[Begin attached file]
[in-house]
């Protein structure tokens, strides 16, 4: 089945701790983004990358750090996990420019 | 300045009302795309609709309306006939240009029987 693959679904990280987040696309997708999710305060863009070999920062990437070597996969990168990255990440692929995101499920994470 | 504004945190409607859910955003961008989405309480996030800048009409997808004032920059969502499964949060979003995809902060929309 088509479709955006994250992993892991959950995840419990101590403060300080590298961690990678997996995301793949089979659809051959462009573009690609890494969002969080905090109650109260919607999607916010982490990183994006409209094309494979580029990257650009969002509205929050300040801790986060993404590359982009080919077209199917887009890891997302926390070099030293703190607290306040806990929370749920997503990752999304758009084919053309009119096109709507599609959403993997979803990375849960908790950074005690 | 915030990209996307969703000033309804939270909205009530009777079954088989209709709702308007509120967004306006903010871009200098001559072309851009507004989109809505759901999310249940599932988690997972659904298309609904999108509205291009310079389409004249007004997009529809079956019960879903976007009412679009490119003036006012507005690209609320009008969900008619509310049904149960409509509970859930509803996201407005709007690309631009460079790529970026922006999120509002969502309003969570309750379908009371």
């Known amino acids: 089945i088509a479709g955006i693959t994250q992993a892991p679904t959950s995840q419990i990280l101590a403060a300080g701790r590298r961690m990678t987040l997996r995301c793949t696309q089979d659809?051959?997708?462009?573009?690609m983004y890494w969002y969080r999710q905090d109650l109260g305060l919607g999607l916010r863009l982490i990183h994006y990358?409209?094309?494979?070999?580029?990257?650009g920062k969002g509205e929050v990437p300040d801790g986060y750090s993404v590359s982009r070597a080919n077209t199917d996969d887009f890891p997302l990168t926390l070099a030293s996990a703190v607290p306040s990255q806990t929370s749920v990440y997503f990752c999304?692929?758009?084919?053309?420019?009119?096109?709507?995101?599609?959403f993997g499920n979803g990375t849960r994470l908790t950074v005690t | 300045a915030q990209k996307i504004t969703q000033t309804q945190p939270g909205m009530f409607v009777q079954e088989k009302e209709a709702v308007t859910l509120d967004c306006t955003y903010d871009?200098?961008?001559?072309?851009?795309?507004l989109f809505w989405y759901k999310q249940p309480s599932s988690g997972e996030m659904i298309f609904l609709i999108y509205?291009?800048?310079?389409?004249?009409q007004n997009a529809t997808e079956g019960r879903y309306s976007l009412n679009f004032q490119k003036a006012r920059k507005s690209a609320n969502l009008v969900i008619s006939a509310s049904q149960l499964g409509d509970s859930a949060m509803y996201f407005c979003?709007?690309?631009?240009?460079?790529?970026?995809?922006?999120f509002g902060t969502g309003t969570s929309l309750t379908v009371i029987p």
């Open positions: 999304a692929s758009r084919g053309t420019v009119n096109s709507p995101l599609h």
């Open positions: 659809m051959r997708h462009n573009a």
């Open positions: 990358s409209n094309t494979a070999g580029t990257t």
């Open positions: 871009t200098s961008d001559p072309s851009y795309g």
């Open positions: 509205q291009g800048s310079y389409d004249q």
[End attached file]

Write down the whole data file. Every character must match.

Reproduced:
[in-house]
């Protein structure tokens, strides 16, 4: 089945701790983004990358750090996990420019 | 300045009302795309609709309306006939240009029987 693959679904990280987040696309997708999710305060863009070999920062990437070597996969990168990255990440692929995101499920994470 | 504004945190409607859910955003961008989405309480996030800048009409997808004032920059969502499964949060979003995809902060929309 088509479709955006994250992993892991959950995840419990101590403060300080590298961690990678997996995301793949089979659809051959462009573009690609890494969002969080905090109650109260919607999607916010982490990183994006409209094309494979580029990257650009969002509205929050300040801790986060993404590359982009080919077209199917887009890891997302926390070099030293703190607290306040806990929370749920997503990752999304758009084919053309009119096109709507599609959403993997979803990375849960908790950074005690 | 915030990209996307969703000033309804939270909205009530009777079954088989209709709702308007509120967004306006903010871009200098001559072309851009507004989109809505759901999310249940599932988690997972659904298309609904999108509205291009310079389409004249007004997009529809079956019960879903976007009412679009490119003036006012507005690209609320009008969900008619509310049904149960409509509970859930509803996201407005709007690309631009460079790529970026922006999120509002969502309003969570309750379908009371």
């Known amino acids: 089945i088509a479709g955006i693959t994250q992993a892991p679904t959950s995840q419990i990280l101590a403060a300080g701790r590298r961690m990678t987040l997996r995301c793949t696309q089979d659809?051959?997708?462009?573009?690609m983004y890494w969002y969080r999710q905090d109650l109260g305060l919607g999607l916010r863009l982490i990183h994006y990358?409209?094309?494979?070999?580029?990257?650009g920062k969002g509205e929050v990437p300040d801790g986060y750090s993404v590359s982009r070597a080919n077209t199917d996969d887009f890891p997302l990168t926390l070099a030293s996990a703190v607290p306040s990255q806990t929370s749920v990440y997503f990752c999304?692929?758009?084919?053309?420019?009119?096109?709507?995101?599609?959403f993997g499920n979803g990375t849960r994470l908790t950074v005690t | 300045a915030q990209k996307i504004t969703q000033t309804q945190p939270g909205m009530f409607v009777q079954e088989k009302e209709a709702v308007t859910l509120d967004c306006t955003y903010d871009?200098?961008?001559?072309?851009?795309?507004l989109f809505w989405y759901k999310q249940p309480s599932s988690g997972e996030m659904i298309f609904l609709i999108y509205?291009?800048?310079?389409?004249?009409q007004n997009a529809t997808e079956g019960r879903y309306s976007l009412n679009f004032q490119k003036a006012r920059k507005s690209a609320n969502l009008v969900i008619s006939a509310s049904q149960l499964g409509d509970s859930a949060m509803y996201f407005c979003?709007?690309?631009?240009?460079?790529?970026?995809?922006?999120f509002g902060t969502g309003t969570s929309l309750t379908v009371i029987p």
């Open positions: 999304a692929s758009r084919g053309t420019v009119n096109s709507p995101l599609h």
């Open positions: 659809m051959r997708h462009n573009a």
């Open positions: 990358s409209n094309t494979a070999g580029t990257t």
């Open positions: 871009t200098s961008d001559p072309s851009y795309g």
């Open positions: 509205q291009g800048s310079y389409d004249q």